Voices from Russia

Saturday, 28 November 2009

Orthodox and Catholics Intend to Develop Unified Strategy in Building Dialogue with the EU

Last Tuesday, in Brussels, the first working meeting between the heads of mission of the Orthodox churches in the EU and Fr Peter Mazurkiewicz, the General Secretary of the Commission of Catholic Bishops’ Conferences of Europe (COMECE) took place. “Both parties noted the importance of the historical moment associated with the promulgation of Article 17 of the Lisbon Treaty. As that mandates the regular dialogue of EU institutions with churches and religious communities, we decided to begin preparations for a joint position to provide us with guidance in dealing with the EU”, one of the meeting’s participants, Fr Antony Ilyin, the Acting Representative of the MP to the EU, told our Interfax-Religion correspondent on Thursday.

Rev Mazurkiewicz briefed Orthodox representatives with project proposals prepared by COMECE. “During the discussion, the participants stressed the importance of harmonising the voices of the Christian churches in the EU in structuring an institutional dialogue with the EU, highlighting the importance of the joint testimony of the Orthodox and Catholic churches, as we have a common ground on the most topical issues”, he said. He told us that the parties agreed that the establishment of a “common framework for future dialogue should not exclude the possibility for each of the churches to build their own relationship with the EU institutions on a bilateral basis”.

As Fr Antony noted, “Any consultation with the inter-Christian NGO based in Brussels should take into account the fact that the position of such an organisation cannot replace the individual position of each member church or denomination. However, a common approach to dialogue with the EU will be effective and legitimate only if a multilateral format of interaction exists between all the missions of the various churches active in Brussels”. In addition, he continued, those at the meeting expressed the hope that the registration of religious missions to the EU institutions should take into account the identity of churches precisely as religious communities, who give a special contribution to European society (as reflected in Article 17 of the Lisbon Treaty). Therefore, he said, “To equate churches with lobbying organisations or interest groups is incorrect”. Following the meeting, the participants decided to hold joint consultations annually each December on a regular basis.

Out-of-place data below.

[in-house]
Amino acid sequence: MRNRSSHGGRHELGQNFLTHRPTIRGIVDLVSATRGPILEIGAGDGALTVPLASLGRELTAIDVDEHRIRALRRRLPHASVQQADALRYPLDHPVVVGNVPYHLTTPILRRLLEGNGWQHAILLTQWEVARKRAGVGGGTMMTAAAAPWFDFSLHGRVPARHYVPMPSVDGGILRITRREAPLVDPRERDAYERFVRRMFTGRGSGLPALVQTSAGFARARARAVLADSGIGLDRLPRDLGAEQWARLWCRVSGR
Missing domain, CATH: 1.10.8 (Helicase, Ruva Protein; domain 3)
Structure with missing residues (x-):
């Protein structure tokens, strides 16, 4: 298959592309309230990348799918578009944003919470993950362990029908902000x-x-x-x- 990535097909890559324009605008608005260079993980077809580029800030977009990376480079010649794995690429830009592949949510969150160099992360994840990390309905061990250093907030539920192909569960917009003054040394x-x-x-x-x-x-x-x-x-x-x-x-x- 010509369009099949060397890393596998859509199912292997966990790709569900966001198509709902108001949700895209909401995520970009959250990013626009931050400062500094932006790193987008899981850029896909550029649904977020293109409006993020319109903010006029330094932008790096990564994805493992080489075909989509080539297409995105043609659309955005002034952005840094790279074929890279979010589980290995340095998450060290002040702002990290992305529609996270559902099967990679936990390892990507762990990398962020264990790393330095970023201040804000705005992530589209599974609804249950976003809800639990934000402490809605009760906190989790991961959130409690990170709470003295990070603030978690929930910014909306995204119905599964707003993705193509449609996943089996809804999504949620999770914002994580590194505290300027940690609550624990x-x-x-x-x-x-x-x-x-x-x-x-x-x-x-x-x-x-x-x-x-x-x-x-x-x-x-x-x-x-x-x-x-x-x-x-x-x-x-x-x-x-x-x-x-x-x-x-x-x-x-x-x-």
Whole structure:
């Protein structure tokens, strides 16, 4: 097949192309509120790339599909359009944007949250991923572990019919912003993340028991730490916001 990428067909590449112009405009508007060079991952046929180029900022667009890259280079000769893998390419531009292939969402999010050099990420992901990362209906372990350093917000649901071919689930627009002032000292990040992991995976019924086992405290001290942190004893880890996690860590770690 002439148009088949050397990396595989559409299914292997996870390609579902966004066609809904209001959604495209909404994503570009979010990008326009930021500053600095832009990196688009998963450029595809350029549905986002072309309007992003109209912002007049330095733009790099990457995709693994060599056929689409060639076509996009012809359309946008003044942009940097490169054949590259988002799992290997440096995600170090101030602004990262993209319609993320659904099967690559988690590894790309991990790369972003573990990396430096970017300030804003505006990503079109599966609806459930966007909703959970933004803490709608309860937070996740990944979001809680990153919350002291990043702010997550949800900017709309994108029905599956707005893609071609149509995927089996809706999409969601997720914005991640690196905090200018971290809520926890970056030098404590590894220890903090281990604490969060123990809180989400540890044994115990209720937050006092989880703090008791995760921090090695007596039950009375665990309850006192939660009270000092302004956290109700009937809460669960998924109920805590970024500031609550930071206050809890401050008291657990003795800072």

26 November 2009



Editor’s Note:

The above is NOT an example of ecumenism, nor is it an indication that relations between Orthodox and papists have suddenly thawed. It’s a case of inter-religious cooperation; it’s gone on for centuries. There is no theology involved at all; it’s a matter of coordinating a common approach to a shared political problem. Of course, the usual cast of suspects is going to crow about “improving relations” between the Vatican and us, but, saner heads know that framing a common position on political cooperation is not the same as coming to agreement on theological disputes. The papists are not going to abandon any of their distinctive positions, and, frankly, neither are we. Let’s be blunt, fences make for good neighbours. Forthright people have fewer disagreements than do the mealy-mouthed and syncretistic. Honestly, there are many differences separating papists and Orthodox, and they are not minor. Indeed, we show disrespect for our neighbour if we minimise such. I take the position one should assume that a member of a particular group agrees with the stance of that organisation… otherwise, why be a member? Therefore, I tend not to bring up such differences in personal communication (which this is not). If I read a papist article saying that we Orthodox are schismatical, it bothers me not in the least. It’s their viewpoint, after all. You were expecting otherwise? People get on much better if they admit their differences… then, there’s fewer toes stepped on and fewer bruised egos.


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